If I can know what is going to happen from ungodly counsel (or be tricked into thinking that), then why would I need communion with God? Only God has rightly claimed to be all knowing and the master of prophecy. Man’s best efforts fall very, very short. Remember even a clock that doesn’t work is correct twice a day.

Some Common Misconceptions About Prophecy

The gift of prophecy (I Corinthians 12) and the office of the prophet (Ephesians 4:11) are not the same thing.
There is a ministry of the prophet, but not everyone is a prophet. For example, a boy may wear a Manchester United football T-Shirt, but that does not mean he plays professional football for Manchester United Football Club. You may accurately predict things, but you are not operating in the simple gift of prophecy. This does not qualify you to stand in the office of a prophet, much like wearing a Manchester United football T-Shirt does not qualify you to play professional football for Manchester United Football Club. – you must be gifted. To stand in the office of a prophet, one must have a consistent manifestation of at least two of the revelation gifts (word of wisdom, word of knowledge, or discerning of spirits) plus prophecy.

They want to be seen as prophets

I have observed that these charlatans only want to come out and go public if they get a prediction right. When they guess correctly they will go all out to try and show the world that they got it right. It is almost as if they doubt their own powers, they know they are mostly wrong so the day they get it correct they will plaster it all over social media. We have seen the # This or that prophet saw it. Or prophet so and so said it. Question is, was it their word or God’s word? Are they claiming the glory or giving the glory to God?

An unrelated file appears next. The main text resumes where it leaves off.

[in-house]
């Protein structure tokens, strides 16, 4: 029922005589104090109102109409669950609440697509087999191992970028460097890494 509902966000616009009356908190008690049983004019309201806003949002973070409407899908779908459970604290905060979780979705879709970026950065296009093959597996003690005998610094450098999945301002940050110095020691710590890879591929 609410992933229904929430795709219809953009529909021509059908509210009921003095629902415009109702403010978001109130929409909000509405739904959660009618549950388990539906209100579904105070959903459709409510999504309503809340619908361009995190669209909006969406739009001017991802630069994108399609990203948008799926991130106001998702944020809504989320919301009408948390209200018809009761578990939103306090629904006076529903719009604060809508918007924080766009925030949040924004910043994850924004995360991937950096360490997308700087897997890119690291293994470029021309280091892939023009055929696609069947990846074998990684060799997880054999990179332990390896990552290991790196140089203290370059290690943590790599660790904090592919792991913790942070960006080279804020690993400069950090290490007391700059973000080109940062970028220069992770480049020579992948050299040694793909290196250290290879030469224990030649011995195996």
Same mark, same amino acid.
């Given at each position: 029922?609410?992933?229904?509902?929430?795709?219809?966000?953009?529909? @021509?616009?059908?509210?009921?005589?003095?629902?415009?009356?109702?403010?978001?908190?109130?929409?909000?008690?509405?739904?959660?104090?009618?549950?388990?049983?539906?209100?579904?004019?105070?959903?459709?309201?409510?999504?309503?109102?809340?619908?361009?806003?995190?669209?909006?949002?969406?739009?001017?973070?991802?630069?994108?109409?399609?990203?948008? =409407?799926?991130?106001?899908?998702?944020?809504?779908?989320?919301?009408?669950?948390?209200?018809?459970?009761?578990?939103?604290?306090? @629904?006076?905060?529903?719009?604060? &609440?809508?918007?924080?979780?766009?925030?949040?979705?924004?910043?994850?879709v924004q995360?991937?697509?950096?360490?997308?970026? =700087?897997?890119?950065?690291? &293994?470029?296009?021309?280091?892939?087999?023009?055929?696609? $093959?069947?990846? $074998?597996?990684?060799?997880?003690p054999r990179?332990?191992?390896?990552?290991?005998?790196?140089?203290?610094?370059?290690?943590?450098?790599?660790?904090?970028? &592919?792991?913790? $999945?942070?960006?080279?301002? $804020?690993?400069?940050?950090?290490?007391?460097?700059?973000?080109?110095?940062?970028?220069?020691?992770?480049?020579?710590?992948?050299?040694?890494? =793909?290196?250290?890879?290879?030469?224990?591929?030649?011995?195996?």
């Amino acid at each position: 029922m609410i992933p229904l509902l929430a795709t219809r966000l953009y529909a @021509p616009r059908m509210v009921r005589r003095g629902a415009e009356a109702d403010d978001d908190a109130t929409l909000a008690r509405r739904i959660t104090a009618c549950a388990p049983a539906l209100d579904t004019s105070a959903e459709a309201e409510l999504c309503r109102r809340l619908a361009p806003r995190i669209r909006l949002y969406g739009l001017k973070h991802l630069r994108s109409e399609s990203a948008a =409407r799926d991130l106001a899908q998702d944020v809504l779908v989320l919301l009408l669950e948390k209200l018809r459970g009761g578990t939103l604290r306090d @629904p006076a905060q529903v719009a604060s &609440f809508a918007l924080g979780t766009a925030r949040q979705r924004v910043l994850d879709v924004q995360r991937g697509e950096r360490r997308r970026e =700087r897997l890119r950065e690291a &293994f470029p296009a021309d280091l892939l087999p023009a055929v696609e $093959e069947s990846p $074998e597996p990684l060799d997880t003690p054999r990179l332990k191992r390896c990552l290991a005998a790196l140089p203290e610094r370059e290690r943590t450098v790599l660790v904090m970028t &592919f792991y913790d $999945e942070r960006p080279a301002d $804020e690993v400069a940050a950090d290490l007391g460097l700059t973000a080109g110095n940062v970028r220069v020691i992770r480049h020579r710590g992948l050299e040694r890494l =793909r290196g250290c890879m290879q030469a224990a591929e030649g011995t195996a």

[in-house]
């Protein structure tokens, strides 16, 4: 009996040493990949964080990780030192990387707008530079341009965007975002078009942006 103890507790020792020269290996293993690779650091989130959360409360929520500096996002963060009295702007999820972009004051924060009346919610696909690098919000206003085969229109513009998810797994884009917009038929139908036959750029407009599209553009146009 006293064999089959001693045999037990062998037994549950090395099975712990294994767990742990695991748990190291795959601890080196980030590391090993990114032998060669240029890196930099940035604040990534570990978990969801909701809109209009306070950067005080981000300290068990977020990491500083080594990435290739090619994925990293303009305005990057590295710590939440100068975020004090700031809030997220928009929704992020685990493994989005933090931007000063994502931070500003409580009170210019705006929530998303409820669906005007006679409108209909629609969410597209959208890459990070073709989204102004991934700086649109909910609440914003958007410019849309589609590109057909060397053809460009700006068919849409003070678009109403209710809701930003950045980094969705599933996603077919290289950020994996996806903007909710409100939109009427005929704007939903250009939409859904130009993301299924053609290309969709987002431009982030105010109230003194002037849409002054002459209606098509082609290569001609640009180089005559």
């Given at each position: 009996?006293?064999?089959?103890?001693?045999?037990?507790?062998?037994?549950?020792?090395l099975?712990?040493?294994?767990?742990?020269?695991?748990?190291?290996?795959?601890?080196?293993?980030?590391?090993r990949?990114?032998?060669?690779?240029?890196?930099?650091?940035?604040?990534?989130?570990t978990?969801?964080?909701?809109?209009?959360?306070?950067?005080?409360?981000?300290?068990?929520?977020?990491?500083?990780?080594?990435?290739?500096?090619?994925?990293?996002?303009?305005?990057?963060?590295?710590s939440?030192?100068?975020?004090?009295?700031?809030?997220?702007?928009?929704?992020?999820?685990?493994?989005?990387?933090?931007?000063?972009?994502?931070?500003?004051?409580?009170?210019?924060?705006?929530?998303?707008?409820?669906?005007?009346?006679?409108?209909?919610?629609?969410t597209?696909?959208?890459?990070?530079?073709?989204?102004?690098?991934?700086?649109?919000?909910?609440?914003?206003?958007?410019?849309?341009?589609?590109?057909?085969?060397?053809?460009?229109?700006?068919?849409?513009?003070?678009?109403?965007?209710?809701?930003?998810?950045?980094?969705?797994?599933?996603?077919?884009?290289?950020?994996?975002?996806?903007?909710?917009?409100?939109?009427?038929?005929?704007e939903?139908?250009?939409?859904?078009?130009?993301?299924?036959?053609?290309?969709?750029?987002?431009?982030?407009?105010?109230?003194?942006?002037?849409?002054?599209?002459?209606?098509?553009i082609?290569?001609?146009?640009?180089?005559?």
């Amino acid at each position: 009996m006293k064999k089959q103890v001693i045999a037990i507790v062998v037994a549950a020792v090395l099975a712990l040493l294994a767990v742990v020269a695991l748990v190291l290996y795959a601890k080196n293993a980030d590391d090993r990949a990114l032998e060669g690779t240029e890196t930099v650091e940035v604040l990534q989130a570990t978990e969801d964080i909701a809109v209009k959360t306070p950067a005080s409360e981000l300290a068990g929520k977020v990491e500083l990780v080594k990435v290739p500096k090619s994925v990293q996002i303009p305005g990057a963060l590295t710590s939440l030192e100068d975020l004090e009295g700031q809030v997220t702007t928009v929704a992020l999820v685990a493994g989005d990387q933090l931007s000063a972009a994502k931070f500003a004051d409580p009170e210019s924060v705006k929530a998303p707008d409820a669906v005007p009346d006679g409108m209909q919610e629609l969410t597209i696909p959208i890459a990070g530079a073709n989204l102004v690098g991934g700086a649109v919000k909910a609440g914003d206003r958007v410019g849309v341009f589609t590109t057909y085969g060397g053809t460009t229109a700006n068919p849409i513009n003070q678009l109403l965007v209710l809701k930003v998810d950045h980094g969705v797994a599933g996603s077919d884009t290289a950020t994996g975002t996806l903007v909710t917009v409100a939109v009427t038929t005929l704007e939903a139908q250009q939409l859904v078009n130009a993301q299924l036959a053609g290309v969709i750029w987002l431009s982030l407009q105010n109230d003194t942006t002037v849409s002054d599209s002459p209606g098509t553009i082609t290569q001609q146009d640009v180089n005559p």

The purpose of prophecy

Part of the mission God gives His people involves getting His message out to this world. That message is a message of warning, a call for repentance and a message of hope and good news. Prophecy has always been a part of that message. Prophecy has never been about showing off or embarrassing or humiliating others as we have seen some of these charlatans doing in their churches.
1 Corinthians 14: 3 says: But he that prophesies speaks to men to edification, and exhortation, and comfort.
The variety of ways the church is built up by prophecy accentuate its necessity for the present-day church. Words of comfort and assurance, words of pleading, words of exhortation and admonition, words of exposure and correction–all of these are designed by the Spirit to bring and maintain renewal in Christ’s church.

We cannot afford to despise the gift of prophecy. Nor can we allow its capacity for misuse and misunderstanding to prevent us from embracing it. Rather we must diligently seek to curb its abuses by the guidelines of Scripture and “test all things” (1 Thessalonians 5:20-21), so that the great constructive value of prophecy may be experienced by our churches. Through this unique spiritual gift the church is enabled to grow, mature and move forward according to the will of God. “Make love your aim, and earnestly desire the spiritual gifts, especially that you may prophesy … so that the church may be edified” (1 Corinthians 14:1, 5).

Seven Ways to Judge Prophecy

1. By their fruits you shall know them.
(Matthew 7:16-18,20)
2. Does it glorify Christ?
(John 16:14; I Corinthians 12:3; I John 4:1-2)
3. Does it agree with the Scriptures? (Isaiah 8:20)
4. Are their prophecies fulfilled? (Deuteronomy 18:22) Some prophecies are not of God even though they may come to pass. The benchmark remains that all prophecies should exalt the Lord Jesus.
5. Is the prophecy disjointed or confused? True prophecy is line upon line and precept upon precept.
(Isaiah 28:13)
6. Do the prophecies produce liberty or bondage? (Romans 8:15)
7. All believers have an unction (anointing) within them that tells them when something is wrong. Prophecies should witness with our spirit.
(I John 2:20,27)

We are committed to delivering quality independent Christian journalism you can trust. But it takes a lot of hard work, time, and money to do what we do. Help us continue to be a voice for truth in the media. Support Onward Christian Magazine for as little as £1.